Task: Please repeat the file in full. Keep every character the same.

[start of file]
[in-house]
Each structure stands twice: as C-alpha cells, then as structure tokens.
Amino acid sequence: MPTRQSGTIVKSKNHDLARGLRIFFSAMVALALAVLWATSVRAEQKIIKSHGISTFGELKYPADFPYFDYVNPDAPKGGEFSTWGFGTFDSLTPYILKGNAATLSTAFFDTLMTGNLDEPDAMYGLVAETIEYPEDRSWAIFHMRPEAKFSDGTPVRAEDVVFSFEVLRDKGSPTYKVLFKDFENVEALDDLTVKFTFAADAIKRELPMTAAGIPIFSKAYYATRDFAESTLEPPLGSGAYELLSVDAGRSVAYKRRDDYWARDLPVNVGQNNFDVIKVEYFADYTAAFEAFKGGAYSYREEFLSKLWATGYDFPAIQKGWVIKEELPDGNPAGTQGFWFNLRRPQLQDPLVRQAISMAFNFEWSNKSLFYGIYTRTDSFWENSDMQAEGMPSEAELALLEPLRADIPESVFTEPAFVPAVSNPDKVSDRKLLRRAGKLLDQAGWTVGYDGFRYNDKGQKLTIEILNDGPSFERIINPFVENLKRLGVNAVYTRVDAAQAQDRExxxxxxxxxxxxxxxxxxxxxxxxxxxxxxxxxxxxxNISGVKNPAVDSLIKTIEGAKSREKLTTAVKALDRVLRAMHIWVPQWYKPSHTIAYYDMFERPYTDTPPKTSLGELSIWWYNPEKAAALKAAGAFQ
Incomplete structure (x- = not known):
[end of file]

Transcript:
[in-house]
Each structure stands twice: as C-alpha cells, then as structure tokens.
Amino acid sequence: MPTRQSGTIVKSKNHDLARGLRIFFSAMVALALAVLWATSVRAEQKIIKSHGISTFGELKYPADFPYFDYVNPDAPKGGEFSTWGFGTFDSLTPYILKGNAATLSTAFFDTLMTGNLDEPDAMYGLVAETIEYPEDRSWAIFHMRPEAKFSDGTPVRAEDVVFSFEVLRDKGSPTYKVLFKDFENVEALDDLTVKFTFAADAIKRELPMTAAGIPIFSKAYYATRDFAESTLEPPLGSGAYELLSVDAGRSVAYKRRDDYWARDLPVNVGQNNFDVIKVEYFADYTAAFEAFKGGAYSYREEFLSKLWATGYDFPAIQKGWVIKEELPDGNPAGTQGFWFNLRRPQLQDPLVRQAISMAFNFEWSNKSLFYGIYTRTDSFWENSDMQAEGMPSEAELALLEPLRADIPESVFTEPAFVPAVSNPDKVSDRKLLRRAGKLLDQAGWTVGYDGFRYNDKGQKLTIEILNDGPSFERIINPFVENLKRLGVNAVYTRVDAAQAQDRExxxxxxxxxxxxxxxxxxxxxxxxxxxxxxxxxxxxxNISGVKNPAVDSLIKTIEGAKSREKLTTAVKALDRVLRAMHIWVPQWYKPSHTIAYYDMFERPYTDTPPKTSLGELSIWWYNPEKAAALKAAGAFQ
Incomplete structure (x- = not known):